What I Learned from Going to the Dogs

03/13/2015 03:21 pm ET | Updated May 11, 2015

This winter when the Arctic Blast took New England by storm - literally - a dream at the top of my Bucket List was achieved. With a speaking job booked in Rutland, Vermont, I Googled "sled dog rides Vermont" and struck gold with Braeburn Siberians, a mom-and-pop mushing outfit. Clicking on their site I discovered their dog teams were 100-percent Siberian huskies. My heart began to pound. I'd found my pack.

Over the years, I've met three of my winter-themed Bucket List goals: 3.) Ice-skating outdoors in Central Park -- check! 2.) Surviving giant inner-tube downhill races -- check! And, at last, 1.) Mushing with Siberian huskies -- big check!

Clad in layers of sub-zero temp wear, I thought I was ready for anything. Then the professional musher leading our team called, "Everybody Ready? Let's go!" The sled launched with the zeal of twelve excited dogs and I was nearly left behind on my snow pants' padded tush! I grabbed the bar for dear life and got both a huge laugh and huge lesson. Never let go!

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Braeburn Siberians dog sled team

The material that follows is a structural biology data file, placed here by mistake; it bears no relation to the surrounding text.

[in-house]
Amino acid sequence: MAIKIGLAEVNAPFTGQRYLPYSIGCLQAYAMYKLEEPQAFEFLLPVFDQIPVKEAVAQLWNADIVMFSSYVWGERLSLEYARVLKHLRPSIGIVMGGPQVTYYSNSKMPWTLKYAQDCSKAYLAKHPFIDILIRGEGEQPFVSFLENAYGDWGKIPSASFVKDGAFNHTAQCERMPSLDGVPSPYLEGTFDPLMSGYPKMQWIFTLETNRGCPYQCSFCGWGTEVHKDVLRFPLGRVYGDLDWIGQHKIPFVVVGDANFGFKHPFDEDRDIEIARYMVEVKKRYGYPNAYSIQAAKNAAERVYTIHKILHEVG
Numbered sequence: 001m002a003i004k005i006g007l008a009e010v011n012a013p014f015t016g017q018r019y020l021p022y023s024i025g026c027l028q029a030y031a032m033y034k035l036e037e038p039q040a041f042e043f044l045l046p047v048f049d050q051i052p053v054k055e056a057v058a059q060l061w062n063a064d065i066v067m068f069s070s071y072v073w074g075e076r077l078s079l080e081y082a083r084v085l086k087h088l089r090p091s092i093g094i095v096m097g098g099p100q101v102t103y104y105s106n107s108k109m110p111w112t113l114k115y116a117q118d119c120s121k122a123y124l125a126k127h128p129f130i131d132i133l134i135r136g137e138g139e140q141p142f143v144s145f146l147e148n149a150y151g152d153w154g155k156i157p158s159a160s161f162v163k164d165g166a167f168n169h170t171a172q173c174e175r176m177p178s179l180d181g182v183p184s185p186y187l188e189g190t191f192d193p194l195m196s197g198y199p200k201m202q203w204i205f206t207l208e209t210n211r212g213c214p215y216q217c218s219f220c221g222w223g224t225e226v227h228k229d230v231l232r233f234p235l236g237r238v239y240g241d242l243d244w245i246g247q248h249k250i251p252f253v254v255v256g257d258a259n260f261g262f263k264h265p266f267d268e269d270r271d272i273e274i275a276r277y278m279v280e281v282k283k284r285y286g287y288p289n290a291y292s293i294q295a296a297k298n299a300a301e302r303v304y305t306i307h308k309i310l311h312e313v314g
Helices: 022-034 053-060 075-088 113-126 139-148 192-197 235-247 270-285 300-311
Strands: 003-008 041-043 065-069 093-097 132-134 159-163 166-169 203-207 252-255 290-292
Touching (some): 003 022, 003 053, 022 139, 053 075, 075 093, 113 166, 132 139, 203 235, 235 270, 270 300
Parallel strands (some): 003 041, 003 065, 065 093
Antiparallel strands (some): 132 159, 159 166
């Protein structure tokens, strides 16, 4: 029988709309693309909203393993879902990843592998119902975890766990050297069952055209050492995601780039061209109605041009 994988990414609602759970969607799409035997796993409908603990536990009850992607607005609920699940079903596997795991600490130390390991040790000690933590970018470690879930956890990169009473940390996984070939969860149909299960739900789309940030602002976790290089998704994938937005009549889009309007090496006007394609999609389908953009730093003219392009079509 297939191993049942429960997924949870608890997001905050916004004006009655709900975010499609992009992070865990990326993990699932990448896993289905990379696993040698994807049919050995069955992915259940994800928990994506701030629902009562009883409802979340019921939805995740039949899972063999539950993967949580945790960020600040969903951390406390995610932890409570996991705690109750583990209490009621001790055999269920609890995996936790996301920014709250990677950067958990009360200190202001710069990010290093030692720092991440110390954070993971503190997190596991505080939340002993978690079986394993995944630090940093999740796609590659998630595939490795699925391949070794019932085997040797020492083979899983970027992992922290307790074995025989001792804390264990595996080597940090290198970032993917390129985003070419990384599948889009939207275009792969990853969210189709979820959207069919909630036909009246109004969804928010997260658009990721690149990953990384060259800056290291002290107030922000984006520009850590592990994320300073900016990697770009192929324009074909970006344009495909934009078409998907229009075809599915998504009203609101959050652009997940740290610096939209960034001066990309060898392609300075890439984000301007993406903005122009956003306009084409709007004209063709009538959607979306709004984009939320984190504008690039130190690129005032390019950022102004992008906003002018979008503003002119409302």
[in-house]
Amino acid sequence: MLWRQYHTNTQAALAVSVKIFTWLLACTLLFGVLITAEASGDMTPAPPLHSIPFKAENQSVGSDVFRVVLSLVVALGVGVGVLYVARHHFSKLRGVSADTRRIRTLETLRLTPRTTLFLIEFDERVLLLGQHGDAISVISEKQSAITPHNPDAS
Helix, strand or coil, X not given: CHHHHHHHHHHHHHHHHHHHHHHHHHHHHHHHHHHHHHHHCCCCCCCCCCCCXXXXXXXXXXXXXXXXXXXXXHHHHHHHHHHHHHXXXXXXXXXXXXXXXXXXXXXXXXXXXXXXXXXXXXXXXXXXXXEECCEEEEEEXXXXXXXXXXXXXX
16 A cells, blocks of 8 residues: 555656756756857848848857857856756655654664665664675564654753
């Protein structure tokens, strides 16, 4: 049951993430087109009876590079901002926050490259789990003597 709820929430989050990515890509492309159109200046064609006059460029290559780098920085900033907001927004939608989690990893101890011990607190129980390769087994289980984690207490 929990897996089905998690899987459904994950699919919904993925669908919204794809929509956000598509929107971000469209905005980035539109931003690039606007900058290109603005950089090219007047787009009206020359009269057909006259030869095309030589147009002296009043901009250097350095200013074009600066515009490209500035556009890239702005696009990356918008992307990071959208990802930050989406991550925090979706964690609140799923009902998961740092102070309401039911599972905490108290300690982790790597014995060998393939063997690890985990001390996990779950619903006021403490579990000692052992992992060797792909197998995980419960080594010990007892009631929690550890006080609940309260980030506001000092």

Back home, three other Siberian husky dogs have made Team Conway and been my intimate companions on the trail through adulthood. Being the musher to a pack of fluffy-tailed Nordic dogs is my joie de vivre, but probably not everyone's. Why not take the plunge and pursue whatever makes your heart happy? It's the medicine to heal what ails you, the balm to soothe the inevitable aches of daily life, plus I guarantee it will light you up and help you through even the roughest patches. Science supports this. What makes your heart content helps keeps your physical heart healthy, too.

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The author meeting her dog sled team

Check your bucket list. Maybe your heart's desire is lurking in there. When I discovered mine it offered a map to navigate all my relationships. Here are some things that have enriched my life and made me healthier and more peaceful by pursuing my passion:

Release your Inner Mush(er):

• Lots of praise and reinforcement makes for a happy and eager relationship.
• A positive but firm voice equals respect.
• Kisses are encouraged, if not downright mandatory.
• Share the load fairly.
• Be aware of others on the trail.
• Trust and support your team.
• Allow for mistakes along the way.
• Sometimes you have to run with your team, not simply ride on their effort.
• Make time for play and silliness.
• Protect those you love.
• Celebrate regularly.
• You can use a light grip, but never let go!

Tracey Conway is an Emmy-winning actress and former writer/performer on the Comedy Central sketch comedy series, "Almost Live!" She speaks about surviving Sudden Cardiac Arrest in her humorous program, "Drop Dead Gorgeous?" For more: www.TraceyConway.com